Drying reduces grain moisture content to a safe level for storage. It is the most critical operation after harvesting a rice crop.
When rice is harvested, it will contain up to 25% moisture. High moisture level during storage can lead to grain discoloration, encourage development of molds, and increase the likelihood of attack from pests. It can also decrease the germination rate of the rice seed.
It is important to dry rice grain as soon as possible after harvesting— ideally within 24 hours. Delays in drying, incomplete drying or ineffective drying will reduce grain quality and result in losses.
Paddy drying methods include traditional and mechanical systems with varying technological complexity and capacities for either farm or commercial level.
Traditional drying systems are still practiced in many areas because of its low cost and ease of management. These include methods, such as:
- Sun drying - spreading grains under the sun, on mats and pavements
- Mat drying - used in small to medium-scale drying where threshed grain are placed on mats, nets, or canvas
- Pavement drying - often used in large-scale drying for grain collectors and millers, where grains are laid on pavements specifically made for drying
- Field drying and stacking - a method for pre-drying hand-harvested crops before threshing where farmers cut rice panicles in the field and stacked them in small piles on top of the crop stubble
Although field drying and stacking is still practiced in some areas, it is not recommended because it can lead to high losses when grains become overdried and shattered.
In this system, mechanical dryers are used to remove water from wet grains by forcing either ambient air or heated air through the grain bulk. This is done through:
- Heated air drying - employs high temperatures for rapid drying. The drying process is terminated when the desired final moisture content is reached. It uses the following types of dryer:
- Batch dryer - can be used by farmers, contractors, and small rice mills
- Re-circulating batch dryer - can be used by commercial rice mills and cooperatives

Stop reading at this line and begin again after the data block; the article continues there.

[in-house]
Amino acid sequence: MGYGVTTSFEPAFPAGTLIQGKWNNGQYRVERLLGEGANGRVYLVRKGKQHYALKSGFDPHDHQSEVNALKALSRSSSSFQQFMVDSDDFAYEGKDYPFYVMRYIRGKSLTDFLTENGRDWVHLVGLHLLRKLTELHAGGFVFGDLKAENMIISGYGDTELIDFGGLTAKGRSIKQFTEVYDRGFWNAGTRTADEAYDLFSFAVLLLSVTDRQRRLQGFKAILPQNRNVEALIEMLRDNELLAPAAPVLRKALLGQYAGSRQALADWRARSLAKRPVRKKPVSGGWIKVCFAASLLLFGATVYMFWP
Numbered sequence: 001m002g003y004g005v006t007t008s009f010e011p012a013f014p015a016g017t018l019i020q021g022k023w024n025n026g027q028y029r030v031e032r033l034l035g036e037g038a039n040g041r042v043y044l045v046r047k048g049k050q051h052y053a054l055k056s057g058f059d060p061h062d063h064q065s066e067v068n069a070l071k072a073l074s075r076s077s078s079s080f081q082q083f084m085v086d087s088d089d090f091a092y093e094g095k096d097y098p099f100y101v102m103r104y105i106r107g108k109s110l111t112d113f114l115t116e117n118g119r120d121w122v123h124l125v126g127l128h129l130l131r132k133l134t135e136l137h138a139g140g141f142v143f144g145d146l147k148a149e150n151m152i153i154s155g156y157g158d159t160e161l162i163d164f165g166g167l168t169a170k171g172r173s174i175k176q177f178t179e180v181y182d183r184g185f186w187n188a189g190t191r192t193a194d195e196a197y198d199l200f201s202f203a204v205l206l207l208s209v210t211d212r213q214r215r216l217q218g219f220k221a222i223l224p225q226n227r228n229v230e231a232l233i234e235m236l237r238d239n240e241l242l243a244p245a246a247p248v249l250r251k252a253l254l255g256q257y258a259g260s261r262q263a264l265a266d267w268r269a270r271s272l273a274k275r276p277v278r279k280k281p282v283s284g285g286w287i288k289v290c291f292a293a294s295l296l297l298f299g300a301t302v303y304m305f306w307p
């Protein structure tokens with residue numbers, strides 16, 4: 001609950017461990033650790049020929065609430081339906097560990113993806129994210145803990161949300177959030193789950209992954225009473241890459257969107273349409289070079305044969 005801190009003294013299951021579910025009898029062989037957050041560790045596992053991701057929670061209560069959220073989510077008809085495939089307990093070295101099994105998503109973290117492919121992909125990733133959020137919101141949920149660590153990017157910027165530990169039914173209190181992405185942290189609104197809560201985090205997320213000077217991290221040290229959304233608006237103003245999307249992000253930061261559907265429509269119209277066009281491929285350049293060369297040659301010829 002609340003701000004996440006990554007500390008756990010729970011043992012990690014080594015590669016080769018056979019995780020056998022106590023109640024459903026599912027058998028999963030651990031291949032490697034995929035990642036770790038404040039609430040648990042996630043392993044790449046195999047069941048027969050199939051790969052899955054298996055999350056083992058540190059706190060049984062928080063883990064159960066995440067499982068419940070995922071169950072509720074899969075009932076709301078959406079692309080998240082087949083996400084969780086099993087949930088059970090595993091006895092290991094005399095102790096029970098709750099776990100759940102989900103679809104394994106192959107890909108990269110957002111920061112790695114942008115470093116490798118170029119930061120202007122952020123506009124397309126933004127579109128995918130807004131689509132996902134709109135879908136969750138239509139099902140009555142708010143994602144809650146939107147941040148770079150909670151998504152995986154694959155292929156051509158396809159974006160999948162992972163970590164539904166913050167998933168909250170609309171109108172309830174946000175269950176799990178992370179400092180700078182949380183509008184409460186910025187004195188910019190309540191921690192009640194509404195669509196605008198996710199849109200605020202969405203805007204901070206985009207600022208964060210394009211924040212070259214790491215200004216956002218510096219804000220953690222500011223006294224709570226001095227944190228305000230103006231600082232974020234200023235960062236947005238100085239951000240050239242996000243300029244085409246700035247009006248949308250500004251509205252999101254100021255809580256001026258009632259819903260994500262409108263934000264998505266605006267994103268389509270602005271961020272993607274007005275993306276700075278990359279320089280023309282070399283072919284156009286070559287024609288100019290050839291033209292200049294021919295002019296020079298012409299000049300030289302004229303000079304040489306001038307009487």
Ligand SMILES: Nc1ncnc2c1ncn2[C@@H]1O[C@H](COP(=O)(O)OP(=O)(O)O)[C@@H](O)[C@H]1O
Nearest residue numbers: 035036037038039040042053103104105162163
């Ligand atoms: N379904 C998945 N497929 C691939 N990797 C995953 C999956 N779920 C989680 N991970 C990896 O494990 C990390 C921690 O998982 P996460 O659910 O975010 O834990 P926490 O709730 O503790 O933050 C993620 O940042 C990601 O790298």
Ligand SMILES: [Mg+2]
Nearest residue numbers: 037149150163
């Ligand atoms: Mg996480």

- Continuous flow dryer - not very common, but used by some larger billing enterprises that handle large volumes of wet paddy
- Low-temperature drying or in-store drying - controls the relative humidity rather than the temperature of the drying air so that all grain layers in the deep bed reach equilibrium moisture content. This can be done using the
- In/store dryer - produces very high quality grains but requires long drying time, i.e., four days to two weeks
- Solar drying - latest drying technology that is able to simulate sun drying even during rainy conditions. This is done through:
- Solar bubble dryer - can be locally-built and used by smallholder farmers
- Grain cooling - cools the grain to safe storage conditions instead of drying it, allowing grains to be conserved for longer periods
- Clean the grains before drying to avoid uneven drying and wet spots.
- Dry paddy grains within 12– 24 hours after cutting as even short-term storage of high moisture grain can cause quality deterioration. Grains should be dried to a certain moisture content (MC) depending on storage period to avoid potential problems:
Required MC for safe storage
weeks to a few months
14% or less
molds, discoloration, respiration loss
13% or less
storage of farmer's seeds
12% or less
loss of germination
9% or less
loss of germination
Note: The final moisture content depends on the relative humidity of the air that surrounds the grain. For long-term storage of grain and seed in tropical climates, it is crucial to prevent rewetting of grain by humid air.
- Store grains in a safe environment after drying.
- When drying for milling, maintain the MC to 14% so the grain weight and milling yield will not decrease.
- Do not mix grains maintained at different MCs to avoid cracking.
- Always monitor the grain temperature and MC to prevent the grains from being exposed to excess temperatures and over-drying.